• Deed: The legal instrument used to transfer title in real property from one person to another.
  • Defendant: In a civil suit, the person complained against; in a criminal case, the person accused of the crime.
  • Deposition: An oral statement made before an officer authorized by law to administer oaths. Such statements are often taken to examine potential witnesses, to obtain discovery, or to be used later in trial.
  • Discovery: Lawyers' examination, before trial, of facts and documents in possession of the opponents to help the lawyers prepare for trial.
  • Docket: A log containing brief entries of court proceedings.
  • Donee: The recipient of a gift.
  • Embezzlement: In most states, embezzlement is defined as theft/larceny of assets (money or property) by a person in a position of trust or responsibility over those assets. Embezzlement typically occurs in the employment and corporate settings. Source: OCC
  • Entitlement: A Federal program or provision of law that requires payments to any person or unit of government that meets the eligibility criteria established by law. Entitlements constitute a binding obligation on the part of the Federal Government, and eligible recipients have legal recourse if the obligation is not fulfilled. Social Security and veterans' compensation and pensions are examples of entitlement programs.
  • Equitable: Pertaining to civil suits in "equity" rather than in "law." In English legal history, the courts of "law" could order the payment of damages and could afford no other remedy. See damages. A separate court of "equity" could order someone to do something or to cease to do something. See, e.g., injunction. In American jurisprudence, the federal courts have both legal and equitable power, but the distinction is still an important one. For example, a trial by jury is normally available in "law" cases but not in "equity" cases. Source: U.S. Courts
  • Escrow: Money given to a third party to be held for payment until certain conditions are met.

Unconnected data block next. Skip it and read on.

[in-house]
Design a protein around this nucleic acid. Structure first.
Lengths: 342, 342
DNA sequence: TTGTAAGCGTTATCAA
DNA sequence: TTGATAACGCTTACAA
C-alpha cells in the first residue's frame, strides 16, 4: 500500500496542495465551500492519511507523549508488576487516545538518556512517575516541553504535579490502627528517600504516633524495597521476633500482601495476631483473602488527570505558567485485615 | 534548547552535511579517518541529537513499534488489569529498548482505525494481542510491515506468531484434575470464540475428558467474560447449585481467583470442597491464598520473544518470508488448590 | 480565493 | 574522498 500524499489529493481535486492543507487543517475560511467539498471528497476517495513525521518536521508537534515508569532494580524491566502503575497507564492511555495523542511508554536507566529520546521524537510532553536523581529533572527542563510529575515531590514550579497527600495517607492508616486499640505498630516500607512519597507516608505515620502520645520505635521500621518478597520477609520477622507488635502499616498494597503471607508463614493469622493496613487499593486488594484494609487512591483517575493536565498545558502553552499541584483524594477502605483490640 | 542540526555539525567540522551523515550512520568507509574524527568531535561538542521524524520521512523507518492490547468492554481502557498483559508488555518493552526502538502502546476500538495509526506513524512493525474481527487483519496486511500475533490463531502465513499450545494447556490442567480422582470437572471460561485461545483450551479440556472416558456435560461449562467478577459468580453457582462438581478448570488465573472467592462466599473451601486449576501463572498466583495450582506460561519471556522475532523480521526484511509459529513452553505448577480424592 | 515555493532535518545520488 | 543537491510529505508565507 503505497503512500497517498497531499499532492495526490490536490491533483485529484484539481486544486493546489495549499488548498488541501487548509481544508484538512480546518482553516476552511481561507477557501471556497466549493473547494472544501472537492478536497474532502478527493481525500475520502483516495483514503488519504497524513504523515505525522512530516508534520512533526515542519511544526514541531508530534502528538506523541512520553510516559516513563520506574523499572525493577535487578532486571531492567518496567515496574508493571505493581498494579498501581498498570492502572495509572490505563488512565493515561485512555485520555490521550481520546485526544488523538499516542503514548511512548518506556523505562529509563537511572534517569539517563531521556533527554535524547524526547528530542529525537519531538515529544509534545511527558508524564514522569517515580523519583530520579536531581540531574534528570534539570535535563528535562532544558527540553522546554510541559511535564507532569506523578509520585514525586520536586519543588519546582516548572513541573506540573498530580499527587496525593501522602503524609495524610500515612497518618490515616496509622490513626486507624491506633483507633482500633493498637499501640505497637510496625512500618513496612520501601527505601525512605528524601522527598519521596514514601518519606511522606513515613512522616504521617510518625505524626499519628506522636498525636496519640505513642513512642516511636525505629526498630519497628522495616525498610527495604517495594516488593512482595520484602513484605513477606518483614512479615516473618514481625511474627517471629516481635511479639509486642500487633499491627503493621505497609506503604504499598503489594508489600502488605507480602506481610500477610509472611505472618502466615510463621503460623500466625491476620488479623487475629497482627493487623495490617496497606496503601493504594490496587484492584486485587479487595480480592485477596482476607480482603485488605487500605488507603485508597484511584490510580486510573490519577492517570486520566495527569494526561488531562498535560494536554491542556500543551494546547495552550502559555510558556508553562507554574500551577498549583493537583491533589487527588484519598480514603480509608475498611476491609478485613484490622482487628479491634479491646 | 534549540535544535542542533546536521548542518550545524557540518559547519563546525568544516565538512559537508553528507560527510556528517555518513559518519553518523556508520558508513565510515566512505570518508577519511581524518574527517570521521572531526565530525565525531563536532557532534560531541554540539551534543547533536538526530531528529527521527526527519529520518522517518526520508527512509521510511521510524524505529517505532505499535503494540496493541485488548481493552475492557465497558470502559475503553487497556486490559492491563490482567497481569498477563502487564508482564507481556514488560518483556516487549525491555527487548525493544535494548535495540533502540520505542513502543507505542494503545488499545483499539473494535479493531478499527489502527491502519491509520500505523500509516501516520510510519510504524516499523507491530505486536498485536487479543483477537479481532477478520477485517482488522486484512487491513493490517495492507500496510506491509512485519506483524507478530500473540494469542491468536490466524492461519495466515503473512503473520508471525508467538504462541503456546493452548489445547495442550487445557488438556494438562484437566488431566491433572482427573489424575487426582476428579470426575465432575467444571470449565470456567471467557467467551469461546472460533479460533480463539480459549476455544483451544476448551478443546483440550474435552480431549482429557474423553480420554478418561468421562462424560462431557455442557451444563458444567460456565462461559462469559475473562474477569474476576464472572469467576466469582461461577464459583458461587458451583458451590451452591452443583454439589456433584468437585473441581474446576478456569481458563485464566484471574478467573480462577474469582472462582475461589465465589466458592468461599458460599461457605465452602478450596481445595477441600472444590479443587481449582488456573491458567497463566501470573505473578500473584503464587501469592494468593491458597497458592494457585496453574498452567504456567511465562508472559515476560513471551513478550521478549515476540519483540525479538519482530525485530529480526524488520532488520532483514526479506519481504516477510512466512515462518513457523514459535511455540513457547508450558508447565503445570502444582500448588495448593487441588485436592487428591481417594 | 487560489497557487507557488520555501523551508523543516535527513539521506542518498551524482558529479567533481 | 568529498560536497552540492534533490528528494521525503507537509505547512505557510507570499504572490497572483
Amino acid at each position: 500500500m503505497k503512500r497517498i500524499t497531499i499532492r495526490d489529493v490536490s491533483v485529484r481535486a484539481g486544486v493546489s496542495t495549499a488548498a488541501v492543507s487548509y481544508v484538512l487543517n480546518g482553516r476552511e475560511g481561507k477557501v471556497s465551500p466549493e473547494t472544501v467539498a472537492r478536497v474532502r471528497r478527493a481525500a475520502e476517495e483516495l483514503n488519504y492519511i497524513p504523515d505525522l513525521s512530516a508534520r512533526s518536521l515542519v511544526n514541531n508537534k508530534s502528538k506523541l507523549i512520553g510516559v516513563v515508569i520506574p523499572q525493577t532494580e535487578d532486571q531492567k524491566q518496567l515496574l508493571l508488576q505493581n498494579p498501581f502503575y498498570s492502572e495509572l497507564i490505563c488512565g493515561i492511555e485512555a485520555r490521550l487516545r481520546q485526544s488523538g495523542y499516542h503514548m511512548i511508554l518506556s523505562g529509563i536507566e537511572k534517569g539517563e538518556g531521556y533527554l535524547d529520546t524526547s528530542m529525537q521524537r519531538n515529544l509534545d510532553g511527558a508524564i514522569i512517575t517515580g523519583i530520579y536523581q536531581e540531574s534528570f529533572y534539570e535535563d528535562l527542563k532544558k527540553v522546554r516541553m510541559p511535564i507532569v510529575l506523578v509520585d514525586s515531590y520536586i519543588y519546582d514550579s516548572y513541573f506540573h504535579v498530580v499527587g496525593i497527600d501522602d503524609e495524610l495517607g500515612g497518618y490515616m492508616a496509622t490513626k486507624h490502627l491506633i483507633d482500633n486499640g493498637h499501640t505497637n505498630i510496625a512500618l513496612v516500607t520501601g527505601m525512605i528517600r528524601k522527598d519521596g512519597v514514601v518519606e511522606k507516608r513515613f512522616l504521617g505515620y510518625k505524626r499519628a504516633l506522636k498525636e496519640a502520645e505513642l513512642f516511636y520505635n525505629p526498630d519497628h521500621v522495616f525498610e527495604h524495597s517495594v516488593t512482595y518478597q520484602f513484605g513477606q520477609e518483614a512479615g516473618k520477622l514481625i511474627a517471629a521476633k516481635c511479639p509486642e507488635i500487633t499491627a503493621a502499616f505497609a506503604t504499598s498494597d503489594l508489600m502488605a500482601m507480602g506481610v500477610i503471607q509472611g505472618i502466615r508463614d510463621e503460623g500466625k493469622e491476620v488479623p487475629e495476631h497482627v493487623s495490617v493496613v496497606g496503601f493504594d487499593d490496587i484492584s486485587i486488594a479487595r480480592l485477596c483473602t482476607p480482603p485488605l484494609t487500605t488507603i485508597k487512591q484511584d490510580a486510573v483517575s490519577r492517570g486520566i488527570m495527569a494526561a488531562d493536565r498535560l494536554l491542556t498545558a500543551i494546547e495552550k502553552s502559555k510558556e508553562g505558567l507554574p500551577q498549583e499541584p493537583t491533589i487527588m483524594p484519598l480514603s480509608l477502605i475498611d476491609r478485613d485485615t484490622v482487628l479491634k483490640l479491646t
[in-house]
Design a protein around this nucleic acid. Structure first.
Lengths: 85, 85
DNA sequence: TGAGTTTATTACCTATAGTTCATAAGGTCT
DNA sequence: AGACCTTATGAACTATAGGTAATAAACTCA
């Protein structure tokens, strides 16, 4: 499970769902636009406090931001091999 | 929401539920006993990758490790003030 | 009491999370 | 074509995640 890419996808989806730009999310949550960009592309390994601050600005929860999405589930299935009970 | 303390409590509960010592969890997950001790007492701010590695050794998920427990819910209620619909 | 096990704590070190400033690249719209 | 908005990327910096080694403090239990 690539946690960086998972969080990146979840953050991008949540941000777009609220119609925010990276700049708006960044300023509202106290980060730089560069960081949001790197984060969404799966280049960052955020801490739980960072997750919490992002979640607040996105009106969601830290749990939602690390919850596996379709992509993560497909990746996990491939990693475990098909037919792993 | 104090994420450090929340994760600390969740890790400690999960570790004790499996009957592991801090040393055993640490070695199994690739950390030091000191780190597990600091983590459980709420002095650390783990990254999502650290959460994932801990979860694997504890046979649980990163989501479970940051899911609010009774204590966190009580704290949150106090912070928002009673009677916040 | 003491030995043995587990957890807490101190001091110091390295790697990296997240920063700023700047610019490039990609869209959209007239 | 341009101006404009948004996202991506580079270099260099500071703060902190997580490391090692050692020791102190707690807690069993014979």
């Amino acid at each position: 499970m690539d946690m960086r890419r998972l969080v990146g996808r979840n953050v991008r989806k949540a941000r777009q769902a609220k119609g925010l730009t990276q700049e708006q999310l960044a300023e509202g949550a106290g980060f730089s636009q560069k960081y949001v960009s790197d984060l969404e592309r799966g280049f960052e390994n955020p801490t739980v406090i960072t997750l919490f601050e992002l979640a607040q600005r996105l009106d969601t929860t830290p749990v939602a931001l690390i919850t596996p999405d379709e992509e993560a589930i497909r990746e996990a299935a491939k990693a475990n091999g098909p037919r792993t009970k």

• Evidence: Information presented in testimony or in documents that is used to persuade the fact finder (judge or jury) to decide the case for one side or the other.
  • Felony: A crime carrying a penalty of more than a year in prison.
  • Fiscal year: The fiscal year is the accounting period for the government. For the federal government, this begins on October 1 and ends on September 30. The fiscal year is designated by the calendar year in which it ends; for example, fiscal year 2006 begins on October 1, 2005 and ends on September 30, 2006.
  • Foreclosure: A legal process in which property that is collateral or security for a loan may be sold to help repay the loan when the loan is in default. Source: OCC
  • Forgery: The fraudulent signing or alteration of another's name to an instrument such as a deed, mortgage, or check. The intent of the forgery is to deceive or defraud. Source: OCC
  • Fraud: Intentional deception resulting in injury to another.
  • Indemnification: In general, a collateral contract or assurance under which one person agrees to secure another person against either anticipated financial losses or potential adverse legal consequences. Source: FDIC
  • Interrogatories: Written questions asked by one party of an opposing party, who must answer them in writing under oath; a discovery device in a lawsuit.